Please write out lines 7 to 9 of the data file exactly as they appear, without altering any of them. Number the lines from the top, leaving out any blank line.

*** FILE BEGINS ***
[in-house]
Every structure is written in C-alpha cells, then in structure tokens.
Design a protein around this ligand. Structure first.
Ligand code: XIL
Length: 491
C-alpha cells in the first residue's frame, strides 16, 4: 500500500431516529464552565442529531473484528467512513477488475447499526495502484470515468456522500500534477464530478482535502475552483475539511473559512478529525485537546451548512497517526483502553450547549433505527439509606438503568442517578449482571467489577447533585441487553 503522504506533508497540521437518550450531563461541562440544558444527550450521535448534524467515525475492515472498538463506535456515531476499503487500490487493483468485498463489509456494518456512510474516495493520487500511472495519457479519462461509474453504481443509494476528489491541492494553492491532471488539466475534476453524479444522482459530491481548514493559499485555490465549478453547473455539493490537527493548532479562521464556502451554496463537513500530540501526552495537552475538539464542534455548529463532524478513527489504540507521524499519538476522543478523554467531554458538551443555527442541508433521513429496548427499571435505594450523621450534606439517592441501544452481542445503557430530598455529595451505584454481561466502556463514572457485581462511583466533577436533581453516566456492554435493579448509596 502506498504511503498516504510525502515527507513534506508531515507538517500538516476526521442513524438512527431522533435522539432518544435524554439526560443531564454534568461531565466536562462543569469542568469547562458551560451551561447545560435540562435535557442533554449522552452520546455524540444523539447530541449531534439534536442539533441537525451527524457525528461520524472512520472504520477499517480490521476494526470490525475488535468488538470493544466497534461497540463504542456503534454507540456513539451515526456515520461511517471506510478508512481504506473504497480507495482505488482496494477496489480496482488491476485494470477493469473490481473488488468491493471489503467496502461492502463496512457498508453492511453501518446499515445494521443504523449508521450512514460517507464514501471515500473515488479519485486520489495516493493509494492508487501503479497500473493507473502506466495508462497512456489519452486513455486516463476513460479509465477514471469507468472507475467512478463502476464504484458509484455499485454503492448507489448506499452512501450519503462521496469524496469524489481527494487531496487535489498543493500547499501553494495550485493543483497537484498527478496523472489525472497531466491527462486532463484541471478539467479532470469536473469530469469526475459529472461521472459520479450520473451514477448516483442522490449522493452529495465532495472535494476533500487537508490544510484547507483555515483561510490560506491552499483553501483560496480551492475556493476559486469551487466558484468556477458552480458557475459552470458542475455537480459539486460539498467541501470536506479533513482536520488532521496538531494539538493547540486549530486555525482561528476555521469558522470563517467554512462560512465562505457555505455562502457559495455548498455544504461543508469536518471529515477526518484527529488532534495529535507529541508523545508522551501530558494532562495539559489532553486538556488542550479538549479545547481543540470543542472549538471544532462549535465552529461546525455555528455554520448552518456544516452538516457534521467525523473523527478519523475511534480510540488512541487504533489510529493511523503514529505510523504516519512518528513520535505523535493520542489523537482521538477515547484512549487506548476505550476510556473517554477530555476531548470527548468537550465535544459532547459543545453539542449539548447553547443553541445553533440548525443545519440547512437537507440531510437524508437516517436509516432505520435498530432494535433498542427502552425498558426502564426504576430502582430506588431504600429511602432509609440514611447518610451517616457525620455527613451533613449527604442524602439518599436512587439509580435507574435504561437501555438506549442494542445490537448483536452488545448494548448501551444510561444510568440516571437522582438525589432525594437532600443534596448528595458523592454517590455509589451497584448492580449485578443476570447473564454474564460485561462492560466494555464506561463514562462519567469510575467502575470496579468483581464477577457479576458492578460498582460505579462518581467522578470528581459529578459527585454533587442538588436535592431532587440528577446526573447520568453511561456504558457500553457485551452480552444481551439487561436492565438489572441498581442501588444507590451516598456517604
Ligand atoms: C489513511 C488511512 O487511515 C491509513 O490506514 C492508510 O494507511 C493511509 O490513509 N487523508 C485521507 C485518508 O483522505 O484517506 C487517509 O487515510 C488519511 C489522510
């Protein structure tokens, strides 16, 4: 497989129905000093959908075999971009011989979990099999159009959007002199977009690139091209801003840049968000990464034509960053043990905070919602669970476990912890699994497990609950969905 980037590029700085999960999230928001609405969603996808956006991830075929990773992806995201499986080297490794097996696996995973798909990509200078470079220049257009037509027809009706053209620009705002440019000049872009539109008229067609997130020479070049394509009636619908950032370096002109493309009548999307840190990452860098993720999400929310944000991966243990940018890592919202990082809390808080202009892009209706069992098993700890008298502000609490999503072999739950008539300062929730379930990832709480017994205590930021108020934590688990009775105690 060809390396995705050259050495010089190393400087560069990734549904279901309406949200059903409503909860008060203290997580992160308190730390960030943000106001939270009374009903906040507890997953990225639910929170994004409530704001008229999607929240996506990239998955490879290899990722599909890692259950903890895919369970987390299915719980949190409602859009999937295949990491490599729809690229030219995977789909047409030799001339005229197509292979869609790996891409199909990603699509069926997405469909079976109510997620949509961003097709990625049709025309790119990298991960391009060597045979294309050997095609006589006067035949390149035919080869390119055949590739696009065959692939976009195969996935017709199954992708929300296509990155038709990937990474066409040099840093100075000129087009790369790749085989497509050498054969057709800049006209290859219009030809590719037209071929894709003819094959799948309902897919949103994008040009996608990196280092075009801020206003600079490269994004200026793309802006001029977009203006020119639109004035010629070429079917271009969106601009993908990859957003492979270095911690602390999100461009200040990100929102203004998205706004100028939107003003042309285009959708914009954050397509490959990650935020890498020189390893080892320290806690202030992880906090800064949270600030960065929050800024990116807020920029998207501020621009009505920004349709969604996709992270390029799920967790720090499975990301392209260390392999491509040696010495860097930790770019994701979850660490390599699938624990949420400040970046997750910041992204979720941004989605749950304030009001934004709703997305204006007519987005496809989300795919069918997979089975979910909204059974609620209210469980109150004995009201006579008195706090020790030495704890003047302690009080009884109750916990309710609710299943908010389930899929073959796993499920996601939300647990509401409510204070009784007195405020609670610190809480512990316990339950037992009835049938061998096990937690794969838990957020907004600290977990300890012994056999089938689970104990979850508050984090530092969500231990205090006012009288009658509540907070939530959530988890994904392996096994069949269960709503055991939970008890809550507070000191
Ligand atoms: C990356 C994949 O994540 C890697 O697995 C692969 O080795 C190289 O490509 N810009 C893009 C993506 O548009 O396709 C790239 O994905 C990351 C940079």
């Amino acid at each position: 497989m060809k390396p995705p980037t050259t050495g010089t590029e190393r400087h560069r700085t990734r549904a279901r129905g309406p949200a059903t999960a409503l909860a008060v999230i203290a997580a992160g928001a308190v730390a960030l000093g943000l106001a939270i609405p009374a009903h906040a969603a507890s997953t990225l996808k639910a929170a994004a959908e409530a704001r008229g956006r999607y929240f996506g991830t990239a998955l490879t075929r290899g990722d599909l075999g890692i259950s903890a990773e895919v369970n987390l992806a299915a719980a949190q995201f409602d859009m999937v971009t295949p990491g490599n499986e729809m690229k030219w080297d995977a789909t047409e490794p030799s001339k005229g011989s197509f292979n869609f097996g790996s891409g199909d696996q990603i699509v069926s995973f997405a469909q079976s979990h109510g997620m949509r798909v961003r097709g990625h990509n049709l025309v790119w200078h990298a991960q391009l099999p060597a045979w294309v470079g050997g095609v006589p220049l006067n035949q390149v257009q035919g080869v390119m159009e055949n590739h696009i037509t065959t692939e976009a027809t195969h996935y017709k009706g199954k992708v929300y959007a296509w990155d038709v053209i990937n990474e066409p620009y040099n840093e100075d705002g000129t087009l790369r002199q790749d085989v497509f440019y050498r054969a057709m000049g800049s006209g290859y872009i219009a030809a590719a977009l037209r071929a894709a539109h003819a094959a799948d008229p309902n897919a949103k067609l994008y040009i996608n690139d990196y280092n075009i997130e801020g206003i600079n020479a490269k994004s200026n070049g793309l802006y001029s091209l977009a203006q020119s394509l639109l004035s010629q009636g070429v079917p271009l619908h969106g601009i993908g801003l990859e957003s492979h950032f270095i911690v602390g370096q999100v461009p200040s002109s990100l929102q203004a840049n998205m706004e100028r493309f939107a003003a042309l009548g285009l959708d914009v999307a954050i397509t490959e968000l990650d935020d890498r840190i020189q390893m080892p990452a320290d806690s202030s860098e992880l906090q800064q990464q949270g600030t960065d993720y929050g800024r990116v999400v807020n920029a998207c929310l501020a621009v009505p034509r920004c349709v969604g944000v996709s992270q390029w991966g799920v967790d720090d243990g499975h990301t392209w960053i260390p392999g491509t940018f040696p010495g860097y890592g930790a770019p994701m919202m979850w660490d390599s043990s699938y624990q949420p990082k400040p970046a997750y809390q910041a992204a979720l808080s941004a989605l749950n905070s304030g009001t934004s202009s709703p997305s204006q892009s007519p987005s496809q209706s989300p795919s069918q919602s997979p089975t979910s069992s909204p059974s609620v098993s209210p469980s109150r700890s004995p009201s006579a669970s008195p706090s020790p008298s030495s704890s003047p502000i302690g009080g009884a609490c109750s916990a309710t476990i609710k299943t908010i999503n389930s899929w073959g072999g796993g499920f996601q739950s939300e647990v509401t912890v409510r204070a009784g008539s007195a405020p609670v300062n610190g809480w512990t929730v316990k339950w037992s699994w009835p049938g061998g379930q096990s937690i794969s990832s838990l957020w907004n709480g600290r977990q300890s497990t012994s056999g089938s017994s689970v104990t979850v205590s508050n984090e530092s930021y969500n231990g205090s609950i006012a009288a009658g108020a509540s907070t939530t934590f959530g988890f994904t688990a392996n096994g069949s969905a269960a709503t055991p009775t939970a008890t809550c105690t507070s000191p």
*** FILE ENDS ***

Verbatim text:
Ligand atoms: C489513511 C488511512 O487511515 C491509513 O490506514 C492508510 O494507511 C493511509 O490513509 N487523508 C485521507 C485518508 O483522505 O484517506 C487517509 O487515510 C488519511 C489522510
């Protein structure tokens, strides 16, 4: 497989129905000093959908075999971009011989979990099999159009959007002199977009690139091209801003840049968000990464034509960053043990905070919602669970476990912890699994497990609950969905 980037590029700085999960999230928001609405969603996808956006991830075929990773992806995201499986080297490794097996696996995973798909990509200078470079220049257009037509027809009706053209620009705002440019000049872009539109008229067609997130020479070049394509009636619908950032370096002109493309009548999307840190990452860098993720999400929310944000991966243990940018890592919202990082809390808080202009892009209706069992098993700890008298502000609490999503072999739950008539300062929730379930990832709480017994205590930021108020934590688990009775105690 060809390396995705050259050495010089190393400087560069990734549904279901309406949200059903409503909860008060203290997580992160308190730390960030943000106001939270009374009903906040507890997953990225639910929170994004409530704001008229999607929240996506990239998955490879290899990722599909890692259950903890895919369970987390299915719980949190409602859009999937295949990491490599729809690229030219995977789909047409030799001339005229197509292979869609790996891409199909990603699509069926997405469909079976109510997620949509961003097709990625049709025309790119990298991960391009060597045979294309050997095609006589006067035949390149035919080869390119055949590739696009065959692939976009195969996935017709199954992708929300296509990155038709990937990474066409040099840093100075000129087009790369790749085989497509050498054969057709800049006209290859219009030809590719037209071929894709003819094959799948309902897919949103994008040009996608990196280092075009801020206003600079490269994004200026793309802006001029977009203006020119639109004035010629070429079917271009969106601009993908990859957003492979270095911690602390999100461009200040990100929102203004998205706004100028939107003003042309285009959708914009954050397509490959990650935020890498020189390893080892320290806690202030992880906090800064949270600030960065929050800024990116807020920029998207501020621009009505920004349709969604996709992270390029799920967790720090499975990301392209260390392999491509040696010495860097930790770019994701979850660490390599699938624990949420400040970046997750910041992204979720941004989605749950304030009001934004709703997305204006007519987005496809989300795919069918997979089975979910909204059974609620209210469980109150004995009201006579008195706090020790030495704890003047302690009080009884109750916990309710609710299943908010389930899929073959796993499920996601939300647990509401409510204070009784007195405020609670610190809480512990316990339950037992009835049938061998096990937690794969838990957020907004600290977990300890012994056999089938689970104990979850508050984090530092969500231990205090006012009288009658509540907070939530959530988890994904392996096994069949269960709503055991939970008890809550507070000191
Ligand atoms: C990356 C994949 O994540 C890697 O697995 C692969 O080795 C190289 O490509 N810009 C893009 C993506 O548009 O396709 C790239 O994905 C990351 C940079």